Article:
Police, UC officials probing noose found in UCSD library as hate crime

The discovery of a noose found hanging in the UC San Diego library prompted police on Friday to open a hate-crime investigation and outraged students to storm the chancellor’s office.

The discovery also prompted Mark G. Yudof, president of the UC system and Russell Gould, chair of the UCC Board of Regents to issue a statement on what they called “a despicable expression of racial hatred.”

Saying the are “outraged,” the statement added, “It has no place in civilized society and it will not be tolerated — not on this particular campus, not on any University of California campus. A full investigation is underway by both campus and law enforcement officials. We support it. Appalling acts of this sort cannot go unpunished.”

Authorities received reports about 10:30 Thursday night about the rope noose suspended from a bookcase on the seventh floor of Geisel Library, according to a bulletin released by the UCSD Police Department.

No one reported seeing the noose being placed in the area, which is next to an aisle and west-facing windows, officials said. Friday morning, however, a student came forward and admitted that she had put the knotted rope in the library, campus spokesman Rex Graham said.

There was no immediate word on whether the woman had been arrested, though the incident was being investigated as a hate crime and an act committed “with intent to terrorize,” Graham said.

At an afternoon news conference, Fox said the student has been suspended.

“We will not tolerate hate on our campus, and all criminal acts will be punished,” Fox said.

“I strongly condemn the offensive acts of hate and bias that have occurred over the past days,” she added. “It is deplorable that while our students, faculty and staff work to heal the campus, a few misguided individuals tried to divide it.”

Around midday, students angry about the incident and other recent racially charged occurrences at the La Jolla-area university marched on Chancellor Marye Anne Fox’s office and entered, chanting “Real pain, real change!” as some of them played drums, according to reports from the scene.

In Friday’s statement the university president and Board of Regents president also said, “... we will work in every way possible to ensure that all members of the UC San Diego community and the entire University system can learn and live in the safe and civil environment called for in the codes of conduct in place on each campus and facility.

“To the UCSD students and all others who have been confronted with this ugliness, and who are understandably traumatized by it, we extend both our sympathy and our pledge to root out racism whenever and wherever it arises on our campuses.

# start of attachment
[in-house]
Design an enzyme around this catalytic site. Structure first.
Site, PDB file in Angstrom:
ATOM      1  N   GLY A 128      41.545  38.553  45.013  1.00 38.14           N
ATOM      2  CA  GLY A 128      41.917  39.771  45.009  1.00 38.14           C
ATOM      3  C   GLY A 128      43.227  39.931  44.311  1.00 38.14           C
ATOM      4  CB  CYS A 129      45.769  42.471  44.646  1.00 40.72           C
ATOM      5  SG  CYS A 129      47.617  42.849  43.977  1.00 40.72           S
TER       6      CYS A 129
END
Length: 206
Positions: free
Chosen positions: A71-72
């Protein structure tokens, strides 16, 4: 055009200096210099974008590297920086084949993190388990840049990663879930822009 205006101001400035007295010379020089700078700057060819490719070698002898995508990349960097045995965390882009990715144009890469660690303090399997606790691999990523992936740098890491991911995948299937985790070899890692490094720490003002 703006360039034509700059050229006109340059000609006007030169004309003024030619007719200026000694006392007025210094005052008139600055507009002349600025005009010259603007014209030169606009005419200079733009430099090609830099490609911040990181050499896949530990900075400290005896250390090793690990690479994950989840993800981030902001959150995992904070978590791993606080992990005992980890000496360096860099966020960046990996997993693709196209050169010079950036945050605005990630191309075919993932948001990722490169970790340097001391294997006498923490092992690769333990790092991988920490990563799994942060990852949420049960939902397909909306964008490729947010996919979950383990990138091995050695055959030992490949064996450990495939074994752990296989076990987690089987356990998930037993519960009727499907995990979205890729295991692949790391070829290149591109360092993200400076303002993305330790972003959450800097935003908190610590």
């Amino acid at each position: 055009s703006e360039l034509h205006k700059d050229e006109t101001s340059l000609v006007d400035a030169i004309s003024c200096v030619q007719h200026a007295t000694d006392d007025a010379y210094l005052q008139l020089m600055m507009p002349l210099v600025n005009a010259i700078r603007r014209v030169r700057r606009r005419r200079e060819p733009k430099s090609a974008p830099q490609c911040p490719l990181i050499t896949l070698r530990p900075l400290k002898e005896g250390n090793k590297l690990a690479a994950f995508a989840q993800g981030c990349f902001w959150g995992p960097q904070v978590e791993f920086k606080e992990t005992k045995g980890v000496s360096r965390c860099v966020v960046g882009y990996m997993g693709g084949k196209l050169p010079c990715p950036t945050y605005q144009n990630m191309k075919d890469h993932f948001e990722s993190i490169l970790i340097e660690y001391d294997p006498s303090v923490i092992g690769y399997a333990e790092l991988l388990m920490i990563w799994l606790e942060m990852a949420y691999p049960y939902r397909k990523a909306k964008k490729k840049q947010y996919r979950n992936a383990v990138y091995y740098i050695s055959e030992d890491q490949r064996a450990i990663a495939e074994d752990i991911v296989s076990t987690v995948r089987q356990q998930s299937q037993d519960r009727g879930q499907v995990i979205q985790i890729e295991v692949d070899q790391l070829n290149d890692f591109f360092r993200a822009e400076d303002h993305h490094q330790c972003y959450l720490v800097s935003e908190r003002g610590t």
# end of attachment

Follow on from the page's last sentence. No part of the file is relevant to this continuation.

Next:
“Now is the time for all members of the UC community to dig deep into their hearts and consciences and to reach out to one another with compassion and understanding. Now is the time to affirm that there is no place for any expression of racism.”

The racial concerns on campus stemmed from a Presidents’ Day party that was intended to mock Black History Month.

Called the “Compton Cookout,” the event encouraged attendees to dress and act in a manner that school officials say perpetuated racist stereotypes.

The situation was inflamed several days later when racially insensitive language was reportedly used on a student-run television program called KoalaTV during a discussion about the party.

UCSD administrators have condemned the racially themed party and said in a statement they are investigating the incidents for violations of the student code of conduct.

On Wednesday, thousands of students and administrators attended a “teach-in” at the campus held to address the ghetto-themed party and the racial unrest it sparked on campus, but the event was disrupted when the bulk

of students in attendance walked out.

About an hour into the event at the university’s student center, two female students with the Black Student Union stood up and condemned it, with one saying,"The university and our community will not be fixed by a two-hour teach-in.”

Saying the university was doing little to address racism on campus, the pair urged their fellow students in the packed auditorium and overflow room to march out of the event, and the vast majority complied.

The students then gathered en masse outside the auditorium, continuing to chant. Members of the Black Student Union work black T-shirts with the slogan “Real Pain Real Action.”

About 3,000 people gathered at the teach-in and resulting demonstration — with whites making up about half of the crowd. About 2 percent of UCSD’s students are black.